He is survived by his wife, Josephine; children Lawrence and Roberta; and two grandchildren.
Albert G. Molloy, Jr., the retired coach of men's squash and tennis teams died on June 23 at age 72.
Mr. Molloy joined Penn's Department of Intercollegiate Athletics in 1959, and compiled a record of 215-101 in 31 years as the squash coach, and in his 27 years as tennis coach achieved a record of 219-138. He coached 24 tennis players to either All-America honors or All-Ivy League honors, and three of his squash players won individual national titles. He retired from coaching in 1990.
Mr. Molloy attended Virginia Tech. He served in the Marines during the Korean War and in the early 1950s coached at McGill University. Mr. Molloy authored the Sports Illustrated book on squash. He also made the first instructional movie for the sport. He was runner-up at the U.S. professional Squash Championships in 1955 and 1958. Mr. Molloy was inducted into the National Intercollegiate Hall of Fame in 1990 and the Penn Tennis Hall of Fame in 1997.
He is survived by his wife, Sheila; daughter Nancy and sons Michael and John. Memorial donations can be made to the Molloy Racquets Endowment at the University.
Reverend Guy E. Morse, emeritus professor of veterinary medicine, died June 10 at the age of 83. Reverend Morse taught at Penn's large animal facility in New Bolton from 1961 until 1977. He became emeritus professor in 1985. He received his Ph.D. from Cornell University in 1942.
He was ordained a Catholic priest in 1981 and served as pastor of Immaculate Heart of Mary in High Point, NC, until he retired in 1990.
He is survived by his daughters, Nadine M. Noble and Adele M. O'Connell, and son, Alan; a brother and sister; and five grandchildren. Memorial contributions may be made to St. John the Baptist Church, 600 Laurel Ave., Tryon, NC, 28782 or The Teresian House, 200 Washington Ave. Extension, Albany, NY, 12203.
Melissa Marie Sengbusch died on June 22 of leukemia at age 19. Ms. Sengbusch was a freshman in the School of Nursing. This spring Ms. Sengbusch received a B.S. in Nursing awarded in faculty by the University. Additionally, the Melissa Sengbusch Scholarship has been established in her honor. The scholarship will be awarded each year to an undergraduate nursing student who embodies the values that Melissa showed throughout her time at Penn. In a letter to Ms. Sengbusch advising her of the degree and scholarship, Dr. Lang noted, "You have shown tremendous courage and strength while confronting myriad challenges this year. We are truly blessed to know you and call you an alumna of the School of Nursing."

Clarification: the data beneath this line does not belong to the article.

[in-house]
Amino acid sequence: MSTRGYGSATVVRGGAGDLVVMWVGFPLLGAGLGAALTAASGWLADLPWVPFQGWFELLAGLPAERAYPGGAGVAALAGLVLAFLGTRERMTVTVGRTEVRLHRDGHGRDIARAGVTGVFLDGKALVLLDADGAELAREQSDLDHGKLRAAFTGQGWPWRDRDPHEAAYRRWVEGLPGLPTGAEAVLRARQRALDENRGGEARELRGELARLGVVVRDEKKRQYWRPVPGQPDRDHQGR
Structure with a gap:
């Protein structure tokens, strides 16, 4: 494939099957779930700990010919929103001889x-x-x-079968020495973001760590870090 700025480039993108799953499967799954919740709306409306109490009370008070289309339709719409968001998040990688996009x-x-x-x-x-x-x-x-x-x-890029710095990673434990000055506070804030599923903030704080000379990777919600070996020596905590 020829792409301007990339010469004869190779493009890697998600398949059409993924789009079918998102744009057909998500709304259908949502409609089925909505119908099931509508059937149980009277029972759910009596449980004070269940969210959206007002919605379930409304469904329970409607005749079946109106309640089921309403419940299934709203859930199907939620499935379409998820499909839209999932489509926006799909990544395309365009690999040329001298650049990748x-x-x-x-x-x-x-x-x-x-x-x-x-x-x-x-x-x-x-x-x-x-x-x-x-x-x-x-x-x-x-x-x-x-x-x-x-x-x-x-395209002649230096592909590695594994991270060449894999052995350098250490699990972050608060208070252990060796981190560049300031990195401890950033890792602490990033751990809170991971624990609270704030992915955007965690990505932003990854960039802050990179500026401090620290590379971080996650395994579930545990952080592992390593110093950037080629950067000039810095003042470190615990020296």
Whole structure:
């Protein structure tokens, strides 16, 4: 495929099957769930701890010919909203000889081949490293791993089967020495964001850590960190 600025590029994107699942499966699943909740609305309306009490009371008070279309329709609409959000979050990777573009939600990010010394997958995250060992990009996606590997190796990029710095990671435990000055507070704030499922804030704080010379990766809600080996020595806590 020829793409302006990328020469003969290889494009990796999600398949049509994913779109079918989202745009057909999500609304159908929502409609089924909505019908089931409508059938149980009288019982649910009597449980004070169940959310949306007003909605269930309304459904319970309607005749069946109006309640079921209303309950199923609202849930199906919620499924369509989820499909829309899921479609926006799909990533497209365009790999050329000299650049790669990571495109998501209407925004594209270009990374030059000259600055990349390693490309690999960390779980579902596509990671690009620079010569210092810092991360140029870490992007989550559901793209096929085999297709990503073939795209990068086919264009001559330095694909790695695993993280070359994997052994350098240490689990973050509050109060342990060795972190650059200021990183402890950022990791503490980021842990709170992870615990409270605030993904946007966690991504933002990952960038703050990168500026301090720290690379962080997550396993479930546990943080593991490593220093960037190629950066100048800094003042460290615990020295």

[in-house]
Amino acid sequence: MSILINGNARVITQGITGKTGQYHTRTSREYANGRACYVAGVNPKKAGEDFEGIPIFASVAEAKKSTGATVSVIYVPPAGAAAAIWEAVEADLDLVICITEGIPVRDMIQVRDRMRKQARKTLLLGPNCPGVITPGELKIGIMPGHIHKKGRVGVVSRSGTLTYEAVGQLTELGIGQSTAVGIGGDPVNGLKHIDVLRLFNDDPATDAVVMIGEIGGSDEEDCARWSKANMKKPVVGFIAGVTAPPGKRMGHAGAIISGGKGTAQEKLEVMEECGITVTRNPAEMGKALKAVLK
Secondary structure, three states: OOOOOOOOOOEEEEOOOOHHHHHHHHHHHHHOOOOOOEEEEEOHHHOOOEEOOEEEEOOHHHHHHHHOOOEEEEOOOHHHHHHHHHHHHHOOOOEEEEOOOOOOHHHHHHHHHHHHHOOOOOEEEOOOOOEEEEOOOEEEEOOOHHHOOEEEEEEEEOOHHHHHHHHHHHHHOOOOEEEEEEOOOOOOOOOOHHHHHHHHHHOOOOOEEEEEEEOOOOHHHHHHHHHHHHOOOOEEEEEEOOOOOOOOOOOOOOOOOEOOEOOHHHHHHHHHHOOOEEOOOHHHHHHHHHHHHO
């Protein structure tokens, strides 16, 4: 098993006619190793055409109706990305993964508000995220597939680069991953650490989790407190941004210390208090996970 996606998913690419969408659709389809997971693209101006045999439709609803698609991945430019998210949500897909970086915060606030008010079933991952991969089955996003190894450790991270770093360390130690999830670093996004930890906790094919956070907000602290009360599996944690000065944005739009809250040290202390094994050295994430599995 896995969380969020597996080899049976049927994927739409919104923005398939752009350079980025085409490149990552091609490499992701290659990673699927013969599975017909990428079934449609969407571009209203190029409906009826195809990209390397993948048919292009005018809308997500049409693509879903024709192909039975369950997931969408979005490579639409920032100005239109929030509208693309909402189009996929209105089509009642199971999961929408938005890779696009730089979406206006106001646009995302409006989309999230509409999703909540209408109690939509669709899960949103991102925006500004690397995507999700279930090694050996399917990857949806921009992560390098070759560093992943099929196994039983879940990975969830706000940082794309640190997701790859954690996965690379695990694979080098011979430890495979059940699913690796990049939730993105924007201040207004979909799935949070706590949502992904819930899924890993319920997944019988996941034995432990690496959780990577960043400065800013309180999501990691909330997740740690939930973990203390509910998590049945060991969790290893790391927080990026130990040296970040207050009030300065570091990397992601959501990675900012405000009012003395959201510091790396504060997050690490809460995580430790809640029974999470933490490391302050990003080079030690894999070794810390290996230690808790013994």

Ms. Sengbusch is survived by her parents, Lauren and Doug Spiker; brothers Michael, Mark and Matthew Sengbusch; extended family Tanya and Jarrad Michna, Lara Spiker, Ken and Penny Spiker; and her birth father Lee Sengbusch.
Donations may be made to Melissa's Inspiration Scholarship in care of the Board of Trustees, attention: Debbi Yarber-Clarke, Nursing Education Building, University of Pennsylvania, Philadelphia, PA 19104.
Dr. David W. C. Shen, professor emeritus of systems engineering, died of heart failure on June 1 at age 80.
He had earned his B.S. in electrical engineering from National Tsing Hua University in 1938, his Ph.D. from the University of London in 1948, and then held temporary appointments at Adelaide, Illinois and MIT. He joined Penn as assistant professor of electrical engineering in 1957 and eventually retired as professor of systems engineering in December of 1983.
He is survived by a sister in California.
Stephen M. Wolownik, formerly of the Lippincott Reference staff at Van Pelt Dietrich Library, died on May 18 at age 53.
Mr. Wolownik, a native Philadelphian, earned his B.A. in Russian at Penn in 1968. He studied ethnomusicology at the University of California--Berkeley, where he was a Fulbright Scholar. Mr. Wolownik had a long association with the Penn Libraries. He began as a student worker in the Music Library and later worked in technical processing at Lippincott while he attended Drexel. Earning his Masters Degree in Library Science, Mr. Wolownik became a staff member in 1984 at the Lippincott Reference Desk and remained so until 1996. He left Penn to become the Assistant Director of the Mount Laurel Public Library, a position he held until his death.
He is survived by a brother. Donations can be made to St. Nicholas Russian Orthodox Church, 817 N. 7th St., Philadelphia, PA 19123.
Almanac, Vol. 47, No. 1, July 18, 2000